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This article is part of the supplement: Proceedings of the 6th Postgraduate Forum on Health Systems and Policies

Open Access Meeting abstract

A study on social determinants of infant mortality in Malaysia

Amaluddin Ahmad

  • Correspondence: Amaluddin Ahmad

Author Affiliations

School of Medical Sciences, Cyberjaya University College of Medical Sciences, 63000 Cyberjaya, Malaysia

BMC Public Health 2012, 12(Suppl 2):A33  doi:10.1186/1471-2458-12-S2-A33


The electronic version of this article is the complete one and can be found online at: http://www.biomedcentral.com/1471-2458/12/S2/A33


Published:27 November 2012

© 2012 Ahmad; licensee BioMed Central Ltd.

This is an Open Access article distributed under the terms of the Creative Commons Attribution License (http://creativecommons.org/licenses/by/2.0), which permits unrestricted use, distribution, and reproduction in any medium, provided the original work is properly cited.

Background

There is a large body of empirical evidence to suggest that social conditions are one of the major determinants of population health. This study aimed to examine the relationship between social determinants and infant mortality in Malaysia.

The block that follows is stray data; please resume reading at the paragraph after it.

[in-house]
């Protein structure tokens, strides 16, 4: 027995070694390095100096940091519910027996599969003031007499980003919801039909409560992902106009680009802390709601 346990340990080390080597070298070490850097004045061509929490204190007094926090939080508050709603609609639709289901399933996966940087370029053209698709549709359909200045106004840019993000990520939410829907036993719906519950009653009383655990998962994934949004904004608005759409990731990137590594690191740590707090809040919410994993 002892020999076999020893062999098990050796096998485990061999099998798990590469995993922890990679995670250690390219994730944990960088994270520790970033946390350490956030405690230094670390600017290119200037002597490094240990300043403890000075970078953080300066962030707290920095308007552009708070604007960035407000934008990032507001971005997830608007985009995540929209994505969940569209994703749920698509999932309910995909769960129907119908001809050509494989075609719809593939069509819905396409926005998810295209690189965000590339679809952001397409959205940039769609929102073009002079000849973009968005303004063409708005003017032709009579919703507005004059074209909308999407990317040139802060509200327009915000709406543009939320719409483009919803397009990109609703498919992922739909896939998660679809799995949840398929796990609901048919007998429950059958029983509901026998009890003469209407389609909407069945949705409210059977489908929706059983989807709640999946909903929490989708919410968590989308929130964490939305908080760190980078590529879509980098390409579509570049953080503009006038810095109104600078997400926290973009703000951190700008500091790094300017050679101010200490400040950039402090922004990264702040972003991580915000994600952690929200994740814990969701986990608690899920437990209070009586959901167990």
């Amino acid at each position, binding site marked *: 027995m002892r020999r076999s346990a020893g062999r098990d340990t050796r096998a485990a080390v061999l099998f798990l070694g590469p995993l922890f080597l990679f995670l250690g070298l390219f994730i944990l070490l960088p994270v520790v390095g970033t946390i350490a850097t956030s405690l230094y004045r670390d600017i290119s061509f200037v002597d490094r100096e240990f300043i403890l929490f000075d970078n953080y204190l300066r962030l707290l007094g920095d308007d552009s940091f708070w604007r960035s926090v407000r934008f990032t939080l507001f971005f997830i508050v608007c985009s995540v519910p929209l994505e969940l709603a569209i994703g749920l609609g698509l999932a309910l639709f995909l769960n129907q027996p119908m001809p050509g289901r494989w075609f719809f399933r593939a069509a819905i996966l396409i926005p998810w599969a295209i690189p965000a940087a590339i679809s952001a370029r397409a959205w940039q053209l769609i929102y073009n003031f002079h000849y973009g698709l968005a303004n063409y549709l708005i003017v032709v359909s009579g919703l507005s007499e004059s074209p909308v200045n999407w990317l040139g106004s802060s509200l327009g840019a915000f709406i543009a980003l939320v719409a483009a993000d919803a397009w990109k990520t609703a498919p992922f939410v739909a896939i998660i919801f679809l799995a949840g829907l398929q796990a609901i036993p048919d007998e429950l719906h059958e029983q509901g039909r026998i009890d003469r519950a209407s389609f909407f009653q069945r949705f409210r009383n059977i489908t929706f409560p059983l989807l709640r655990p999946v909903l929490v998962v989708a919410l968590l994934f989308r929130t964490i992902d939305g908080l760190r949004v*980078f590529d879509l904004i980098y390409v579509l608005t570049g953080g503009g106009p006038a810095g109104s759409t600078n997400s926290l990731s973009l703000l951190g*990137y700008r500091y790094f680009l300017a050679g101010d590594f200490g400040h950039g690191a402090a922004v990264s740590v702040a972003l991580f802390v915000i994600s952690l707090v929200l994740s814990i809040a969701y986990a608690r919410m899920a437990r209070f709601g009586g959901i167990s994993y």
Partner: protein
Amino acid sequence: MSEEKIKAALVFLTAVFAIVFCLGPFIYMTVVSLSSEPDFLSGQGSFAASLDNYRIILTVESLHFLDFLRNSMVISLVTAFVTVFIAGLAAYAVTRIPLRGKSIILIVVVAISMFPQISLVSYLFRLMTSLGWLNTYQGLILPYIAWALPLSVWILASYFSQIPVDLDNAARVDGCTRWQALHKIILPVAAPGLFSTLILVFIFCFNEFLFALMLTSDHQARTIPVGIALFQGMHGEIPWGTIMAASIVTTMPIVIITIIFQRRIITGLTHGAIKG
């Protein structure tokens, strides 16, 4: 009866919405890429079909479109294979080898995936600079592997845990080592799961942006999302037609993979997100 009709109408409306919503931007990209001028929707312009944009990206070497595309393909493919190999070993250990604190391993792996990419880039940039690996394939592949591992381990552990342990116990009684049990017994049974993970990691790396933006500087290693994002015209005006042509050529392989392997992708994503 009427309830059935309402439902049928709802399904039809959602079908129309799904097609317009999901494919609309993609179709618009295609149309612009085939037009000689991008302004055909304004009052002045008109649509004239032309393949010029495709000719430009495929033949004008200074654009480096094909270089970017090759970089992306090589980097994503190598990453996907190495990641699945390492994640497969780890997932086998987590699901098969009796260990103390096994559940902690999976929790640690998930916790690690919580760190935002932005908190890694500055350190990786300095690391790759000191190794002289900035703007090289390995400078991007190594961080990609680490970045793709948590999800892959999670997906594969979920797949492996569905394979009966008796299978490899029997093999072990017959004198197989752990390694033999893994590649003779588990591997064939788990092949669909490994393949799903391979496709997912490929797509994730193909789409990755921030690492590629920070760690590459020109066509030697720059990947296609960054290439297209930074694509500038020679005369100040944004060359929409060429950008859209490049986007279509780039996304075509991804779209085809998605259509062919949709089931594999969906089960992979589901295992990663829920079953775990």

Materials and methods

Statistical analysis of infant mortality and social determinants data using correlations, factor analysis and multiple regressions were undertaken in order to examine the collective influence of a range of social determinants indices on variations observed in infant mortality. Determinants of infant mortality in Malaysia tested in this study include GDP per capita, poverty rate, mean income of bottom 40% income earner, Gini coefficient, ratio of top 20% income: to bottom 40% income, population per doctor ratio, hospital bed per population ratio, car ownership per population, computer ownership per population, urbanization rate, percentage living in single housing and flats, women education and social development index.

Results

Simple regression revealed significant relation between IMR with fifteen predictors but multiple regressions failed to demonstrate any significant linear relationship because of the multicollinearity. Factor analysis was done and new variables were created based on the identified factors. With the new group of variables, economic development explained 27%, socioeconomic status explained 21%, income inequality explained 14%, service provision 9% and finally type of housing explained 4% of the variability observed in IMR. However, collectively, the variables were able to explain only 29% of the variability in IMR using multiple linear regressions analysis.

Conclusions

Developing a better understanding of the social determinants of health is critical in order to ameliorate the social determinants associated with poor health and to reduce the health disparities within the population.